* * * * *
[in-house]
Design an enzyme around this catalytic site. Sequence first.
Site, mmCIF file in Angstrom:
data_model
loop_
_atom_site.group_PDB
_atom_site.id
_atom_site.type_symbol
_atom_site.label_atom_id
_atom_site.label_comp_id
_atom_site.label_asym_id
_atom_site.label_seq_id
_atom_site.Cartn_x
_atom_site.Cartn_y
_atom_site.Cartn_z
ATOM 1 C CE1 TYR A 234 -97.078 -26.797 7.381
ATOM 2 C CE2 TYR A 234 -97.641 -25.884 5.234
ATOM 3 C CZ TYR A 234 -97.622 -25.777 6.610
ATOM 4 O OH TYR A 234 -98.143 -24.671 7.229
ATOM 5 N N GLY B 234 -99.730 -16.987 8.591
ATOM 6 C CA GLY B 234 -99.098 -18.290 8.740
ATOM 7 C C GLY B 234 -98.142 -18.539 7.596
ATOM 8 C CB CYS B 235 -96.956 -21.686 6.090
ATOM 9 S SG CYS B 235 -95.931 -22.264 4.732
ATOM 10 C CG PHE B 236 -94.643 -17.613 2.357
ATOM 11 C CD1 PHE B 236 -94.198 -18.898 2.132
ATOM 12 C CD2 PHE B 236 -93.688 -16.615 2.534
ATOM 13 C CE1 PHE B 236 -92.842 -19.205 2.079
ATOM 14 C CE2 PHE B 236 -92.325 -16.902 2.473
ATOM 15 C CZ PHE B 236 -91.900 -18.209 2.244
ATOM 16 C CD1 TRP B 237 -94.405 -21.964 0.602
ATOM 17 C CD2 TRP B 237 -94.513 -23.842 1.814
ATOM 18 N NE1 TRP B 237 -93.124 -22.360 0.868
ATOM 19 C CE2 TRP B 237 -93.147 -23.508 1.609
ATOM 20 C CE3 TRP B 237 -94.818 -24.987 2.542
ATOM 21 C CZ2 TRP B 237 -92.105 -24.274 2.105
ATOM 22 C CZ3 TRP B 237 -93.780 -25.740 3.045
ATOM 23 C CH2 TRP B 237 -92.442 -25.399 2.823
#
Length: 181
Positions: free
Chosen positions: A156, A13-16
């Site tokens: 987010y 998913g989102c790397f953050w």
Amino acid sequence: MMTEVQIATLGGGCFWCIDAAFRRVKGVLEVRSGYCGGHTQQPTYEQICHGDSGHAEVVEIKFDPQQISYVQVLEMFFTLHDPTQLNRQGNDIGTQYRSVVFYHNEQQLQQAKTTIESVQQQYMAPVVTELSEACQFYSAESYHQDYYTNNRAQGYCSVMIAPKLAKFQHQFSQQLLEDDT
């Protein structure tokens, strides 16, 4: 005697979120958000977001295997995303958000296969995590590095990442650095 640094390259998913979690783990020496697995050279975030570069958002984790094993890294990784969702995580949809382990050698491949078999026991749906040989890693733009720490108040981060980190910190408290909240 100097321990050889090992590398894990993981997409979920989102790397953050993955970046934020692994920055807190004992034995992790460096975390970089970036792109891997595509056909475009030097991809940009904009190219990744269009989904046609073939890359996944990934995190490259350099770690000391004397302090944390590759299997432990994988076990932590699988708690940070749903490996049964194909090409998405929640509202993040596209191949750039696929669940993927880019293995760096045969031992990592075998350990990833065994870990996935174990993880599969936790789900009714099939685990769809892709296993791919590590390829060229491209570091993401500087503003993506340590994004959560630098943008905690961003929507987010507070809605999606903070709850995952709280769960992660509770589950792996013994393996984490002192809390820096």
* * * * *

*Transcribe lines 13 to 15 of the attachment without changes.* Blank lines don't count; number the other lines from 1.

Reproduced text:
_atom_site.Cartn_x
_atom_site.Cartn_y
_atom_site.Cartn_z